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NASA Repairs Curiosity Rover Drill from Millions of Miles Away

It’s not much use being a rover with the capability to make holes in Martian rocks if you cannot do so. Ever since late 2016, NASA’s Curiosity rover has been sitting on its robotic arms, as the drill it was supposed to use for taking Martian soil samples failed.
Curiosity's drill back in working order 1 photo
From millions of kilometers away (just as many million miles), NASA engineers managed to get the drill back in working order, and the rover went back to collecting Martian samples on Monday, by drilling a 1 cm (0.5 inches) hole into a rock.

How did they repair the car-sized rover from this far? Remember, we are talking about rocket scientist here.

The problem with the rover’s drill was that a faulty motor prevented the drill head from extending and retracting between two stabilizers that pushed against the ground when drilling began. That meant the drill no longer reached the Martian soil.

NASA people did a hack or two and now the drill is as its fully extended position all the time. Sure, there are no stabilizers to make sure the drill doesn’t slip, but the repair does seem to be working, as shown in the video below.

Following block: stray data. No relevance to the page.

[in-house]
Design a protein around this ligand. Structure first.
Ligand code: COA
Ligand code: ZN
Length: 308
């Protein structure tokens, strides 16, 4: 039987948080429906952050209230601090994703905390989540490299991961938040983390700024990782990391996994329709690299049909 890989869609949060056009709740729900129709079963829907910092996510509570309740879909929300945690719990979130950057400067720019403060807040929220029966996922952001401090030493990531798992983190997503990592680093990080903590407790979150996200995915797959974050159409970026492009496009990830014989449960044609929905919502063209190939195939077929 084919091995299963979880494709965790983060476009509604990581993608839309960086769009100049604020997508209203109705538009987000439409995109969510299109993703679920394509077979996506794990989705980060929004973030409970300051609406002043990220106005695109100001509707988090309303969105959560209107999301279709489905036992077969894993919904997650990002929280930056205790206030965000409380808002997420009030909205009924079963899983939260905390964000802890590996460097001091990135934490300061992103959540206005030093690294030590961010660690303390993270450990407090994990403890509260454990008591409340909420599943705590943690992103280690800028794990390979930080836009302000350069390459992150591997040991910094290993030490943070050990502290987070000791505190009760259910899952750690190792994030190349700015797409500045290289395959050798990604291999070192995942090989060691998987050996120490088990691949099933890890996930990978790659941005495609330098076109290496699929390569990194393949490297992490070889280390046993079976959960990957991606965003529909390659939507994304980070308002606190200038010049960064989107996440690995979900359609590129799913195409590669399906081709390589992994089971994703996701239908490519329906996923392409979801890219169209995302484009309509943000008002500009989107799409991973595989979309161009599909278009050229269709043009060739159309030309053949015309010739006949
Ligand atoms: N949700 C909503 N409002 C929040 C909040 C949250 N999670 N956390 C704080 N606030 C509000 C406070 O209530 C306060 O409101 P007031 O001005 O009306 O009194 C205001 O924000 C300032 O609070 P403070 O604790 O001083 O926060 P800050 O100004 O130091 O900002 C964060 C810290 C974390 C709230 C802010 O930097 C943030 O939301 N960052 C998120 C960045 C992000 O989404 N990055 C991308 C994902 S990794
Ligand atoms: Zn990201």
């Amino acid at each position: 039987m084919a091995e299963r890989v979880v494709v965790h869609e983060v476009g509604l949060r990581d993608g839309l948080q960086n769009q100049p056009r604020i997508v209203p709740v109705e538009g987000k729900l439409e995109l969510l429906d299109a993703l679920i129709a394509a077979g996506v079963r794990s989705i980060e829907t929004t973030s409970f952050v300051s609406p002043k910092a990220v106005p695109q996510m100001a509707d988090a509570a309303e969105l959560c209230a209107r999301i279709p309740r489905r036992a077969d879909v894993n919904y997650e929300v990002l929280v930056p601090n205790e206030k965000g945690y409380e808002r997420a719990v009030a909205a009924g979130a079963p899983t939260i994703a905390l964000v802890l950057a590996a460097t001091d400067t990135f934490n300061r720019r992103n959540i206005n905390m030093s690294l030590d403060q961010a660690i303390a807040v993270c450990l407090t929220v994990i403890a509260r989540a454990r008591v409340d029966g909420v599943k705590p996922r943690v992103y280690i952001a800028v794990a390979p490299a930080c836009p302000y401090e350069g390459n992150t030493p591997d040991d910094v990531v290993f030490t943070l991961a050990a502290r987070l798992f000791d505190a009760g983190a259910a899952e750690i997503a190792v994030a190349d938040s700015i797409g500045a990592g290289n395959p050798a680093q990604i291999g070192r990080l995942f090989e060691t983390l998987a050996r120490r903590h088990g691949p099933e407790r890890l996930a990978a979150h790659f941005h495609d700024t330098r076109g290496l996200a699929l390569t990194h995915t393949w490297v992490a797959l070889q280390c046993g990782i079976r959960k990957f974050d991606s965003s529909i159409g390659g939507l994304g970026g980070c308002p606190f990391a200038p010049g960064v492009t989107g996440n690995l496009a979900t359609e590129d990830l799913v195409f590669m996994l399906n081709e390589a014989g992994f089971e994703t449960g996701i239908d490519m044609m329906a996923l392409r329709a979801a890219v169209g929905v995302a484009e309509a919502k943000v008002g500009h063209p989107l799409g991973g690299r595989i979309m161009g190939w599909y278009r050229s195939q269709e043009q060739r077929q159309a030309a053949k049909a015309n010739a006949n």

"We're now drilling on Mars more like the way you do at home,"
said Steven Lee, deputy project manager at NASA's JPL.

"Humans are pretty good at re-centering the drill, almost without thinking about it. Programming Curiosity to do this by itself was challenging - especially when it wasn't designed to do that."

Curiosity, which arrived on Mars in 2012, is the size of a small SUV, 9 feet 10 inches long by 9 feet 1 inch wide (3 m by 2.8 m), and it rides on 20-inch (50.8 cm) wheels. The huge wheels allow it to roll over obstacles up to 25 inches (65 centimeters) high.

Based on Curiosity, NASA currently develops a new rover, which will be used to perform tests aiming to find the best ways for humans to create oxygen on Mars.


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